The occasion of this rebellion was Zedekiah’s hope of assistance from the king of Egypt (see Ezek. 17:11-2111Moreover the word of the Lord came unto me, saying, 12Say now to the rebellious house, Know ye not what these things mean? tell them, Behold, the king of Babylon is come to Jerusalem, and hath taken the king thereof, and the princes thereof, and led them with him to Babylon; 13And hath taken of the king's seed, and made a covenant with him, and hath taken an oath of him: he hath also taken the mighty of the land: 14That the kingdom might be base, that it might not lift itself up, but that by keeping of his covenant it might stand. 15But he rebelled against him in sending his ambassadors into Egypt, that they might give him horses and much people. Shall he prosper? shall he escape that doeth such things? or shall he break the covenant, and be delivered? 16As I live, saith the Lord God, surely in the place where the king dwelleth that made him king, whose oath he despised, and whose covenant he brake, even with him in the midst of Babylon he shall die. 17Neither shall Pharaoh with his mighty army and great company make for him in the war, by casting up mounts, and building forts, to cut off many persons: 18Seeing he despised the oath by breaking the covenant, when, lo, he had given his hand, and hath done all these things, he shall not escape. 19Therefore thus saith the Lord God; As I live, surely mine oath that he hath despised, and my covenant that he hath broken, even it will I recompense upon his own head. 20And I will spread my net upon him, and he shall be taken in my snare, and I will bring him to Babylon, and will plead with him there for his trespass that he hath trespassed against me. 21And all his fugitives with all his bands shall fall by the sword, and they that remain shall be scattered toward all winds: and ye shall know that I the Lord have spoken it. (Ezekiel 17:11‑21)). He also vainly attempted to form an alliance with the surrounding nations, for the purpose of ridding himself, and them, of the yoke of the Babylonian king (see Jer. 27:1-111In the beginning of the reign of Jehoiakim the son of Josiah king of Judah came this word unto Jeremiah from the Lord, saying, 2Thus saith the Lord to me; Make thee bonds and yokes, and put them upon thy neck, 3And send them to the king of Edom, and to the king of Moab, and to the king of the Ammonites, and to the king of Tyrus, and to the king of Zidon, by the hand of the messengers which come to Jerusalem unto Zedekiah king of Judah; 4And command them to say unto their masters, Thus saith the Lord of hosts, the God of Israel; Thus shall ye say unto your masters; 5I have made the earth, the man and the beast that are upon the ground, by my great power and by my outstretched arm, and have given it unto whom it seemed meet unto me. 6And now have I given all these lands into the hand of Nebuchadnezzar the king of Babylon, my servant; and the beasts of the field have I given him also to serve him. 7And all nations shall serve him, and his son, and his son's son, until the very time of his land come: and then many nations and great kings shall serve themselves of him. 8And it shall come to pass, that the nation and kingdom which will not serve the same Nebuchadnezzar the king of Babylon, and that will not put their neck under the yoke of the king of Babylon, that nation will I punish, saith the Lord, with the sword, and with the famine, and with the pestilence, until I have consumed them by his hand. 9Therefore hearken not ye to your prophets, nor to your diviners, nor to your dreamers, nor to your enchanters, nor to your sorcerers, which speak unto you, saying, Ye shall not serve the king of Babylon: 10For they prophesy a lie unto you, to remove you far from your land; and that I should drive you out, and ye should perish. 11But the nations that bring their neck under the yoke of the king of Babylon, and serve him, those will I let remain still in their own land, saith the Lord; and they shall till it, and dwell therein. (Jeremiah 27:1‑11). Various ancient manuscripts have the name Zedekiah for Jehoiakim in 27:1. Compare with verses 3 and 12 and 28:1). Pharaoh-hophra attempted to relieve Zedekiah during the siege, but was driven back into Egypt by Nebuchadnezzar’s army, who then returned and reoccupied Jerusalem (see Jer. 37:5-105Then Pharaoh's army was come forth out of Egypt: and when the Chaldeans that besieged Jerusalem heard tidings of them, they departed from Jerusalem. 6Then came the word of the Lord unto the prophet Jeremiah, saying, 7Thus saith the Lord, the God of Israel; Thus shall ye say to the king of Judah, that sent you unto me to inquire of me; Behold, Pharaoh's army, which is come forth to help you, shall return to Egypt into their own land. 8And the Chaldeans shall come again, and fight against this city, and take it, and burn it with fire. 9Thus saith the Lord; Deceive not yourselves, saying, The Chaldeans shall surely depart from us: for they shall not depart. 10For though ye had smitten the whole army of the Chaldeans that fight against you, and there remained but wounded men among them, yet should they rise up every man in his tent, and burn this city with fire. (Jeremiah 37:5‑10)). It was a terrible siege, lasting eighteen months; famine and pestilence prevailed. Mothers boiled and ate their own children (Lam. 4:1010The hands of the pitiful women have sodden their own children: they were their meat in the destruction of the daughter of my people. (Lamentations 4:10)). According to Josephus, at midnight the Chaldees gained entrance into the city, and the fugitive king was captured. He and his sons were brought to Nebuchadnezzar at Riblah, “on the high road between Palestine and Babylon, where the Babylonian kings remained in directing the operations of their armies in Palestine and Phenicia” (Fausset).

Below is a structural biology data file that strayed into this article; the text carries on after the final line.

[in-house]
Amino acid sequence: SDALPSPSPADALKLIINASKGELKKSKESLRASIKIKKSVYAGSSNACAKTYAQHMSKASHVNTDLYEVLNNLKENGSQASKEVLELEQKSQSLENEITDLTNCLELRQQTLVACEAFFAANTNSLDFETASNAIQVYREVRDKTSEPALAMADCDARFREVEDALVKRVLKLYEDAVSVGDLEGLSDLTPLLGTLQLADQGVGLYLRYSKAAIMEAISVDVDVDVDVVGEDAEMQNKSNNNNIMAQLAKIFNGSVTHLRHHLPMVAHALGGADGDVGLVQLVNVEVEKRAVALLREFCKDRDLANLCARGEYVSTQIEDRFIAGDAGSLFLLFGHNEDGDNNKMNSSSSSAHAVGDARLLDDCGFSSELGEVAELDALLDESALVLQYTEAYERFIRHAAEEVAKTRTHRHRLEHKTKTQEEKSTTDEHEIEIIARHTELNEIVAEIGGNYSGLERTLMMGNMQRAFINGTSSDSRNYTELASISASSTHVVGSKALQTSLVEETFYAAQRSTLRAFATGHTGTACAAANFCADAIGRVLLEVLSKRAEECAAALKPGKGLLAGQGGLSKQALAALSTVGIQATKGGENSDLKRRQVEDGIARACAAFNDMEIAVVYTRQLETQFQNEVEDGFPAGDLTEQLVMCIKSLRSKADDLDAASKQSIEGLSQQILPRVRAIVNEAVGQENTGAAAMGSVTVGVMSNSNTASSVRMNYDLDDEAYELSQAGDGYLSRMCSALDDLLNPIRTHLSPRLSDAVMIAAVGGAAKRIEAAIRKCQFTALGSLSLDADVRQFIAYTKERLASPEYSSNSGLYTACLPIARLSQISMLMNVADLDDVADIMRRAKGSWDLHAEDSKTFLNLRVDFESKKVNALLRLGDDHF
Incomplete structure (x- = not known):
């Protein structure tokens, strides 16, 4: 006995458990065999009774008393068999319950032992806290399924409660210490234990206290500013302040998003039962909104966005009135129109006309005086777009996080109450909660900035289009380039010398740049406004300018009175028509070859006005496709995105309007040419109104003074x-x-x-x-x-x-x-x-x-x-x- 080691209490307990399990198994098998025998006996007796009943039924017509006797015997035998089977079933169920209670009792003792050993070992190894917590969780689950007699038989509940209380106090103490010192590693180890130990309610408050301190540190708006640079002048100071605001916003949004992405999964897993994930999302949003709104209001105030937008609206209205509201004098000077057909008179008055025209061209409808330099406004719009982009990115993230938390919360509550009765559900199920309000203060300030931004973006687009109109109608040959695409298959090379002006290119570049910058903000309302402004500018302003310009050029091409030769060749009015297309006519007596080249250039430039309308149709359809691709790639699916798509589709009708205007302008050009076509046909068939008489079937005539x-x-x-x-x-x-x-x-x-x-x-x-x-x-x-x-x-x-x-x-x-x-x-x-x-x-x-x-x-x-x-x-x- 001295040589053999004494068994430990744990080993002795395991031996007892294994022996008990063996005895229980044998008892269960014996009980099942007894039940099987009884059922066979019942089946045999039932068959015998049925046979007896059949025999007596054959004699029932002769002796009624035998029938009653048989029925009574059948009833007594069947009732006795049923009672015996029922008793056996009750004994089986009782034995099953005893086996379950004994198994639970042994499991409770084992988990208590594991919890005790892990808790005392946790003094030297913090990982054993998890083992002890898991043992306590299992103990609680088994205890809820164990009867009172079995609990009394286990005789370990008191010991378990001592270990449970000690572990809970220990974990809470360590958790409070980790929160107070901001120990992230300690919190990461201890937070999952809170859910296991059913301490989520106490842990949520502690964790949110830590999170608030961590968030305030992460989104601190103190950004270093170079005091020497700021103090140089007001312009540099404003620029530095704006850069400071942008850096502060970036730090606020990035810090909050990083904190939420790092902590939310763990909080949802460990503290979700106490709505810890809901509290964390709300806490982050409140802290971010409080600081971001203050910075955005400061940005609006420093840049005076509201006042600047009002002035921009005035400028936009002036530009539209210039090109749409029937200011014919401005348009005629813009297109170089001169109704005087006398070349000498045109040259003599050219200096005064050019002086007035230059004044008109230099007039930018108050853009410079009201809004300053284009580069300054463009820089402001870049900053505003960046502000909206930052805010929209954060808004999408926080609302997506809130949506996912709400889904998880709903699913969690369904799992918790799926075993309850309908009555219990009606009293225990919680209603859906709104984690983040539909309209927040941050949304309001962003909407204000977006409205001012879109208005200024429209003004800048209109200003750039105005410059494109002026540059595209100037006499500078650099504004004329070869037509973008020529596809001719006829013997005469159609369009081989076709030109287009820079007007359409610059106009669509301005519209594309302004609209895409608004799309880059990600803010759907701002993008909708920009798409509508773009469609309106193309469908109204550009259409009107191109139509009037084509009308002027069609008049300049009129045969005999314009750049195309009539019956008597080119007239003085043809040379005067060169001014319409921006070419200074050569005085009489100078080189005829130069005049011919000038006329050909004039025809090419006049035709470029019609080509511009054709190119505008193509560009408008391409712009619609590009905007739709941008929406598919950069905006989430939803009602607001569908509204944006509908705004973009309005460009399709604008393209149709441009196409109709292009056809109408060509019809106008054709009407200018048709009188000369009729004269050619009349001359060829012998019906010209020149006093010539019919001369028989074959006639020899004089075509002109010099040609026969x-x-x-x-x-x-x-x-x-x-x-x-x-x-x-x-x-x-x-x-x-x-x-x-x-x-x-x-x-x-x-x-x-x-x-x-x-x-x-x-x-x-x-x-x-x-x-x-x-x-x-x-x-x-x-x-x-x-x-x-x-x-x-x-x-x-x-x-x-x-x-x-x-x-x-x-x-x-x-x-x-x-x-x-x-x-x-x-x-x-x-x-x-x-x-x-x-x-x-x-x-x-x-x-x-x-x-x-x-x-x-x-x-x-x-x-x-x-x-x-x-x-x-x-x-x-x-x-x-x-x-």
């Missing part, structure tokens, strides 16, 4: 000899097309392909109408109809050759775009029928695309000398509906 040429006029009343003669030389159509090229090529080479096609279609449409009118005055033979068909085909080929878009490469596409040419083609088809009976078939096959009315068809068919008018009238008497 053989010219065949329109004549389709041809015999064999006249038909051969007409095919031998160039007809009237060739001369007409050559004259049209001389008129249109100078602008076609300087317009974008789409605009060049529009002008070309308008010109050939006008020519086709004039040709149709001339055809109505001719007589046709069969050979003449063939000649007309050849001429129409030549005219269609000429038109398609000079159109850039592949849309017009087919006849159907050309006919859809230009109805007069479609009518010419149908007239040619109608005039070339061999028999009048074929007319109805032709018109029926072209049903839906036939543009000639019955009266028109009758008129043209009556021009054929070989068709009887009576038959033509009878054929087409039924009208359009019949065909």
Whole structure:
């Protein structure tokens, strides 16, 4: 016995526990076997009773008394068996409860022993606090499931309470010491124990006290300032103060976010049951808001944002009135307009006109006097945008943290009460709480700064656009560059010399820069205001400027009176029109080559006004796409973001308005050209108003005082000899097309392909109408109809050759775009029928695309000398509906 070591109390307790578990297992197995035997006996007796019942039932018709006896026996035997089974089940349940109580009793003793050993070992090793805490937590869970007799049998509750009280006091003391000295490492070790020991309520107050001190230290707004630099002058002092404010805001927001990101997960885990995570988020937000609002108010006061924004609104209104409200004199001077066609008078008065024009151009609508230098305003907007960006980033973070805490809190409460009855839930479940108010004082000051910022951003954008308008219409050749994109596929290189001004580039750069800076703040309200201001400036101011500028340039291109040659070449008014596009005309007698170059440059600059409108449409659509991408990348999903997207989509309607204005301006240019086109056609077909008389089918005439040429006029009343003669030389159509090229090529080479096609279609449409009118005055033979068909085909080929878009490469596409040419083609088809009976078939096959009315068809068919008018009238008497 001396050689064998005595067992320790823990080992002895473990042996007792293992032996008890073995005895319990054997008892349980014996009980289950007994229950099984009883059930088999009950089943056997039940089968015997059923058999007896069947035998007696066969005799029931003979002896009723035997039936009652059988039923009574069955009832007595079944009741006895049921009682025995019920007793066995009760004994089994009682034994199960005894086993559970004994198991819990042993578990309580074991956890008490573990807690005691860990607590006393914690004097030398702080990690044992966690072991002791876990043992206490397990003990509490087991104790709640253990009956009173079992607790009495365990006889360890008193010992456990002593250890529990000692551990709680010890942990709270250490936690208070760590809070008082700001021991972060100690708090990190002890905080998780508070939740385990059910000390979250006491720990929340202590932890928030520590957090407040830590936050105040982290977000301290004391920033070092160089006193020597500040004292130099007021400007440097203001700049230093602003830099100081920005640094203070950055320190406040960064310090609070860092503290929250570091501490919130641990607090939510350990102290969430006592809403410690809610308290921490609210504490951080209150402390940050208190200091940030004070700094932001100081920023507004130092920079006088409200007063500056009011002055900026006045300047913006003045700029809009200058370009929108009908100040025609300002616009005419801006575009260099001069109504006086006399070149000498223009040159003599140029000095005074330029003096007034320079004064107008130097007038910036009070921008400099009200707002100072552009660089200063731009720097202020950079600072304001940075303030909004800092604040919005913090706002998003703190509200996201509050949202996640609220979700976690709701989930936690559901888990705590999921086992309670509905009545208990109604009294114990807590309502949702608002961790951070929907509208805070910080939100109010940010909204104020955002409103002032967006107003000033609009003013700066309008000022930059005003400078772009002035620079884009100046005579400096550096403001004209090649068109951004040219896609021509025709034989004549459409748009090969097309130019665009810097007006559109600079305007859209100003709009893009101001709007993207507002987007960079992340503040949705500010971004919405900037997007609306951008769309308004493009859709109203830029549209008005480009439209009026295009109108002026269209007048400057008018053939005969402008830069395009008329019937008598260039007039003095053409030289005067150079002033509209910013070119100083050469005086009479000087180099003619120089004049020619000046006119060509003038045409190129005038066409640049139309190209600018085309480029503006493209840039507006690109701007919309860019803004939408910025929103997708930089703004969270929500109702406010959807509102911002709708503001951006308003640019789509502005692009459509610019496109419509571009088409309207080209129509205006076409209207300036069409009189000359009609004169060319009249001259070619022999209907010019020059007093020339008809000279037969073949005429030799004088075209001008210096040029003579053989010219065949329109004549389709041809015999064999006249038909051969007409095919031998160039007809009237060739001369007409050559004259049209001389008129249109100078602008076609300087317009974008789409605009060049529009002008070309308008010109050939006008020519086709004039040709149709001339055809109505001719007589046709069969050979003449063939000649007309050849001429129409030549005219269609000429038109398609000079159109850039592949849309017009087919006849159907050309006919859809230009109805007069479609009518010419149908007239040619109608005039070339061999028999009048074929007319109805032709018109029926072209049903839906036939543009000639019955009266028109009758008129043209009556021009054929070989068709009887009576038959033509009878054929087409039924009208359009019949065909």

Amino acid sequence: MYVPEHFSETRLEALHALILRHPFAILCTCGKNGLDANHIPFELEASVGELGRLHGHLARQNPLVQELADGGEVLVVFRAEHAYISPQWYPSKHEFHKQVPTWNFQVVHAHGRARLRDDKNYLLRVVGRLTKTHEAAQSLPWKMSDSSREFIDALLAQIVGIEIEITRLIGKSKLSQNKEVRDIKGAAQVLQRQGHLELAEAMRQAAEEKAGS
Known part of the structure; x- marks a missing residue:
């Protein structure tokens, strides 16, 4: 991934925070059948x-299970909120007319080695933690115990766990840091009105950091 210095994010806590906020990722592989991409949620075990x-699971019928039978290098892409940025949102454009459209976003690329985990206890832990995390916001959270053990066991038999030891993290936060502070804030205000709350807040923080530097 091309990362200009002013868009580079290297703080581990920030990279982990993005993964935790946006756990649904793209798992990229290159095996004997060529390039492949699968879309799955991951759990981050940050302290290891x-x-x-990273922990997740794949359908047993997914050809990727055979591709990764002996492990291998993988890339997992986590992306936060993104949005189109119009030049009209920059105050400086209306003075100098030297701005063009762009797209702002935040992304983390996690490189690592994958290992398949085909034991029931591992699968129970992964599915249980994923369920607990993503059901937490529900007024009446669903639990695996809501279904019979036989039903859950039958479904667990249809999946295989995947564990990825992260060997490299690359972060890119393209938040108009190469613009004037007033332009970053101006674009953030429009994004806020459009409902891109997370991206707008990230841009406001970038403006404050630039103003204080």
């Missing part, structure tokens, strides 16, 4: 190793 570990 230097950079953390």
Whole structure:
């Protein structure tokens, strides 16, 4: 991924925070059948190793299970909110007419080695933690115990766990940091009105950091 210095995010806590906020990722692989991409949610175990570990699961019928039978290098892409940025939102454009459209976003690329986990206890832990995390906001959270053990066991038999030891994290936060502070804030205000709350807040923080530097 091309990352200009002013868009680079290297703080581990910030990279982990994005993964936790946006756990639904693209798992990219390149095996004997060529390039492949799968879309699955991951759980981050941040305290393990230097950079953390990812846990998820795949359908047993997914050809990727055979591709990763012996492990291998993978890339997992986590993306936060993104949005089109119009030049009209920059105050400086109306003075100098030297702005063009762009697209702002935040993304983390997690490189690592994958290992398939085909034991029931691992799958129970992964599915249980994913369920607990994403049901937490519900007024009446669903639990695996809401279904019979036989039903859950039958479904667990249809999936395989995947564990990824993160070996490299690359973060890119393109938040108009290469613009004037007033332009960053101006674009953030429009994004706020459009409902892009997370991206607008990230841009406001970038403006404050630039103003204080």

Here his terrible punishment was meted out to him for his deceit in violating his solemn compact with his master. After seeing his own children slain before him, his own eyes were dug out of their sockets, and he was bound “with double chains of bronze” (2 Kings 25:77And they slew the sons of Zedekiah before his eyes, and put out the eyes of Zedekiah, and bound him with fetters of brass, and carried him to Babylon. (2 Kings 25:7), literal translation), and led off to Babylon. So the two seemingly contradictory prophecies of Jeremiah (32:4) and Ezekiel (12:13) were literally fulfilled. At Babylon he was cast into prison “till the day of his death” (Jer. 52:1111Then he put out the eyes of Zedekiah; and the king of Babylon bound him in chains, and carried him to Babylon, and put him in prison till the day of his death. (Jeremiah 52:11)). “Until I visit him” (Jer. 32:55And he shall lead Zedekiah to Babylon, and there shall he be until I visit him, saith the Lord: though ye fight with the Chaldeans, ye shall not prosper. (Jeremiah 32:5)) might imply that he was finally set at liberty, but “till the day of his death” precludes any such interpretation. It is more agreeable to take the expression to mean that God in mercy would visit him with repentance and a true knowledge of Himself as He did to Manasseh before him. How often God has used the stern hand of his government to break down the pride and rebellion of the heart, and through such “visitation” bring to the penitent soul the truest of all liberty—deliverance from the bondage of sin. So would his soul be set free, though his body remain in bondage. Adapting Richard Lovelace’s poem, we could say: